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hardenability curves

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Book Chapter

Series: ASM Technical Books
Publisher: ASM International
Published: 01 August 2015
DOI: 10.31399/asm.tb.piht2.t55050347
EISBN: 978-1-62708-311-9
... Abstract This appendix provides hardenability curves for several H-steels (1045H, 4130H, 4140H, 4142H, 4145H, 4340H, 5160H, 8620H) and one alloy steel (E52100). hardenability curves hardness heat-treating temperature steel Fig. A6.1 Heat-treating temperatures recommended by SAE...
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Published: 01 March 2006
Fig. 21 Hardenability curves for several alloy steels. Source: Ref 9 More
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Published: 01 March 2006
Fig. 23 Comparison of Jominy hardenability curves for 8620H and 8620 steels. Chemistry at maximum and minimum of the chemistry range. Source: Ref 11 More
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Published: 01 November 2013
Fig. 14 Typical Jominy hardenability curves for medium-carbon steels, austenitized at 845 °C (1550 °F) from initial normalized condition. Source: Ref 1 More
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Published: 01 December 2000
Fig. 5.4(b) Hardenability curves for different steels with the same carbon content. A, shallow hardening; B, intermediate hardening; C, deep hardening More
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Published: 01 December 1999
Fig. 5.31 Hardenability curves and corresponding microstructures for a 25CrMo4 steel. Source: Ref 52 More
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Published: 01 September 2005
Fig. 6 Hardenability curves for different steels with the same carbon content. A, shallow hardening; B, intermediate hardening; C, deep hardening More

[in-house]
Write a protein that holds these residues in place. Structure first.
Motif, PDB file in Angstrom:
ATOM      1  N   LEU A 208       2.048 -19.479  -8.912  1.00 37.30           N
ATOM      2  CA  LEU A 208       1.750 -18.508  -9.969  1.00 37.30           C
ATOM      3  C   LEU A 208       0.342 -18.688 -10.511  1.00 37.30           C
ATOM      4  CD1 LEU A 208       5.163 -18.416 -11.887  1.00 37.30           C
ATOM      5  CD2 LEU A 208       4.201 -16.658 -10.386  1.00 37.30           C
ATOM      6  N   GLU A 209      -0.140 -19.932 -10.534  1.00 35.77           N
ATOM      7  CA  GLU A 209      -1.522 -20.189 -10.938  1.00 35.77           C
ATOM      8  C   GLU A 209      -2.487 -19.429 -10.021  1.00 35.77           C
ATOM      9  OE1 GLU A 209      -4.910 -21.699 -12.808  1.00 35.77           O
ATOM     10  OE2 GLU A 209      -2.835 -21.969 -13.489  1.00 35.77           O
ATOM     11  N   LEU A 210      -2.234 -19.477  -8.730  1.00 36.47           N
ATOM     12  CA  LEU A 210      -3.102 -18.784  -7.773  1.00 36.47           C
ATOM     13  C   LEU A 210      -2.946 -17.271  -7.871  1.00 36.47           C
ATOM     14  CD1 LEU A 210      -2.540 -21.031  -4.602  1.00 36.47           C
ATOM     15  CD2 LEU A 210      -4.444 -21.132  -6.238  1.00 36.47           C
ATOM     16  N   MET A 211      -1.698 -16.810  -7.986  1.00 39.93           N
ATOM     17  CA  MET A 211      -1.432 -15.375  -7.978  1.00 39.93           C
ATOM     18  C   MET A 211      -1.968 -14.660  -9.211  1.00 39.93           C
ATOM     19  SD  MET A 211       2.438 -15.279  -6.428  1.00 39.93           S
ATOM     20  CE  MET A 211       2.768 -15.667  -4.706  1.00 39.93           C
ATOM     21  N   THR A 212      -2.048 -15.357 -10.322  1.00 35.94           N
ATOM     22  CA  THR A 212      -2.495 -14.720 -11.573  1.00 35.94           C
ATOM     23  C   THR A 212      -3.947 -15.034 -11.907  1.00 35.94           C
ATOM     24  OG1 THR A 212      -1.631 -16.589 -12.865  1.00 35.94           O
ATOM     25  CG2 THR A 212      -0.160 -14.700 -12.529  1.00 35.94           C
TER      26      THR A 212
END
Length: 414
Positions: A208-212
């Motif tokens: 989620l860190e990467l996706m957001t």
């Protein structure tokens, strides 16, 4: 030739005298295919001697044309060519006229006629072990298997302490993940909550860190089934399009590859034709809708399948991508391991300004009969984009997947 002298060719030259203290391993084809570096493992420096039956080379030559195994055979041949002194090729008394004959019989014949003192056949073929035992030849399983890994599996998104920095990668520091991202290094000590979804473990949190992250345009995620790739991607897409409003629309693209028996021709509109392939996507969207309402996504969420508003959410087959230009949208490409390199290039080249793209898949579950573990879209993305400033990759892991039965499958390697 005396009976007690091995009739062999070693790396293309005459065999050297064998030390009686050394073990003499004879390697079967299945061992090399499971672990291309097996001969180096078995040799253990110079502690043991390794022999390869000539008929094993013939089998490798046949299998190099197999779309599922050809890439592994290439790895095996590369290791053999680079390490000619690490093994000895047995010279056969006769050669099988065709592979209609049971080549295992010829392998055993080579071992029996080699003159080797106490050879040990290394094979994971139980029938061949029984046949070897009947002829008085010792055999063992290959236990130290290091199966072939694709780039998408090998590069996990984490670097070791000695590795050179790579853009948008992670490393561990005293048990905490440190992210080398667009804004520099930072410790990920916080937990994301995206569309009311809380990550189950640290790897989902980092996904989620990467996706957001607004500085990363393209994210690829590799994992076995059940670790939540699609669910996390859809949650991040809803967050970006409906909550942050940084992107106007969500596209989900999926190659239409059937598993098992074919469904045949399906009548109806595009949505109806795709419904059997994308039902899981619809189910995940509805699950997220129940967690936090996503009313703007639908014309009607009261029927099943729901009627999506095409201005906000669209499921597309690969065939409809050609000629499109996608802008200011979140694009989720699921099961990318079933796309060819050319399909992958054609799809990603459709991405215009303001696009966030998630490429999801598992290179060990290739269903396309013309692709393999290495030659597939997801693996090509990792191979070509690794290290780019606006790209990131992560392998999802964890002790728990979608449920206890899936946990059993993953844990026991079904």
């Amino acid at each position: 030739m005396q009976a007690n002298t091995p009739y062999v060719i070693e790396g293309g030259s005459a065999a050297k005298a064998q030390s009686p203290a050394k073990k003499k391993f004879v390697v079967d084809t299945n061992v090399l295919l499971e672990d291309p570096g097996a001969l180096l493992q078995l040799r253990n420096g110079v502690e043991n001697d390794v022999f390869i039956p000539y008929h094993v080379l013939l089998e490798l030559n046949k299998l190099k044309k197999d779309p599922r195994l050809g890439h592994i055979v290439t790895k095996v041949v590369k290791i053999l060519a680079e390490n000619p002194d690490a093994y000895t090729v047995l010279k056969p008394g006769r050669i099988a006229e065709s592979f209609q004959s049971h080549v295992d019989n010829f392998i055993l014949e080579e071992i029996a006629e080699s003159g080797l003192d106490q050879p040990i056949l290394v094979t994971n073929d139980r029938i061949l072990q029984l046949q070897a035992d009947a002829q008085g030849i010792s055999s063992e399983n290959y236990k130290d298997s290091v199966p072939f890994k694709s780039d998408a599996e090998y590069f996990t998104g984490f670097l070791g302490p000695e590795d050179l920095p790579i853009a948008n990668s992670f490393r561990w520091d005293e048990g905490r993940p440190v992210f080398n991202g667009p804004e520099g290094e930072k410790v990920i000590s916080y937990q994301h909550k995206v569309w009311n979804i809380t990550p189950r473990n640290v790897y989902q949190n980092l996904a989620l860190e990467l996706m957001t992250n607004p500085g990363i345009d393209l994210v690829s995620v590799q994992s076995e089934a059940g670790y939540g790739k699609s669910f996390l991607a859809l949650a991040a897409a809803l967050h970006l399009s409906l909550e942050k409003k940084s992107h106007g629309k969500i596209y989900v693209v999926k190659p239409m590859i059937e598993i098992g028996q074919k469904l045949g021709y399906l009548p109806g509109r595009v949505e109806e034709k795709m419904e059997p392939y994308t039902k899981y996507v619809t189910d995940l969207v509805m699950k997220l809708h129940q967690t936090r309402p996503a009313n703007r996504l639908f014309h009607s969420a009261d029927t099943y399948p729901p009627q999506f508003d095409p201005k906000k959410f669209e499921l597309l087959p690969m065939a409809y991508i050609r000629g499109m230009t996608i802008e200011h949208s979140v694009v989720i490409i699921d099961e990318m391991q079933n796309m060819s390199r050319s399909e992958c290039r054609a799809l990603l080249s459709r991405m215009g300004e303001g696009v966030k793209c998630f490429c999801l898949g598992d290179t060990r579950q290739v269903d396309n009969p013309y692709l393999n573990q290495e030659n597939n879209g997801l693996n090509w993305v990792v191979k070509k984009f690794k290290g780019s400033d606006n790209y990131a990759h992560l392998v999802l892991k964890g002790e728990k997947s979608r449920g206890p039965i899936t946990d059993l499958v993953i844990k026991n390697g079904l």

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Published: 31 December 2020
Fig. 6 Jominy hardenability curves of two steels with different hardenabilities and cross-sectional hardness curve for a 100 mm (4 in.) diameter quenched round bar of the same steel More
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Published: 01 January 1998
Fig. 10-5 Jominy end-quench hardenability curves for O1 tool steel containing 0.95% C, 0.30% Si, 1.20% Mn, 0.50% W, 0.50% Cr, and 0.20% V, hardened from three different austenitizing temperatures. Data from Teledyne VASCO More
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Published: 01 January 1998
Fig. 10-6 Jominy end-quench hardenability curves for O7 tool steel containing 1.20% C, 0.30% Mn, 0.26% Si, 0.70% Cr, 0.25% Mo, 1.56% W, and 0.20% V. Data from Teledyne VASCO More
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Published: 01 January 1998
Fig. 13-6 Jominy end-quench hardenability curves for chromium hot-work tool steels. Courtesy of Teledyne VASCO Curve Type Composition, % Austenitizing temperature C Si Cr W Mo °C °F 1 H12 0.35 0.92 4.76 1.42 1.45 1010 1850 2 ... 0.96 0.29 3.93 More
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Published: 01 January 1998
Fig. 15-9 Jominy end-quench hardenability curves for type P20 mold steel after quenching and tempering at indicated temperatures for 2 h. Courtesy of Teledyne VASCO More
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Published: 01 December 1995
Fig. 24-26 Hardenability curves for C, Mn-B, Ni-Cr-Mo, and Cr-Mo cast steels More
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Published: 01 December 1995
Fig. 24-27 Hardenability curves for carbon cast steels More
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Published: 01 December 1995
Fig. 24-28 Hardenability curves for carbon cast steels More
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Published: 01 June 2008
Fig. 11.14 Typical Jominy hardenability curves for medium-carbon steels austenitized at 845 °C (1550 °F) from initial normalized condition More
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Published: 01 October 2011
Fig. 3.30 Artifcial age-hardening curves for binary aluminum-copper alloys quenched in water at 100 °C (212 °F) and aged at 150 °C (302 °F) More
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Published: 01 March 2006
Fig. 20 End-quench hardenability curve for 1541 carbon steel. Source: Ref 9 More
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Published: 01 March 2006
Fig. 6 Precipitation-hardening curves of beryllium-copper binary alloys. As the percentage of beryllium increases, the aging time required to reach maximum hardness is shortened, and the maximum hardness is increased. These alloys were quenched form 800 °C (1470 °F) and aged at 350 °C (660 °F More
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Published: 01 May 2018
FIG. 4.8 The first age-hardening curve determined by Alfred Wilm in 1899. Source: Ref 3 . More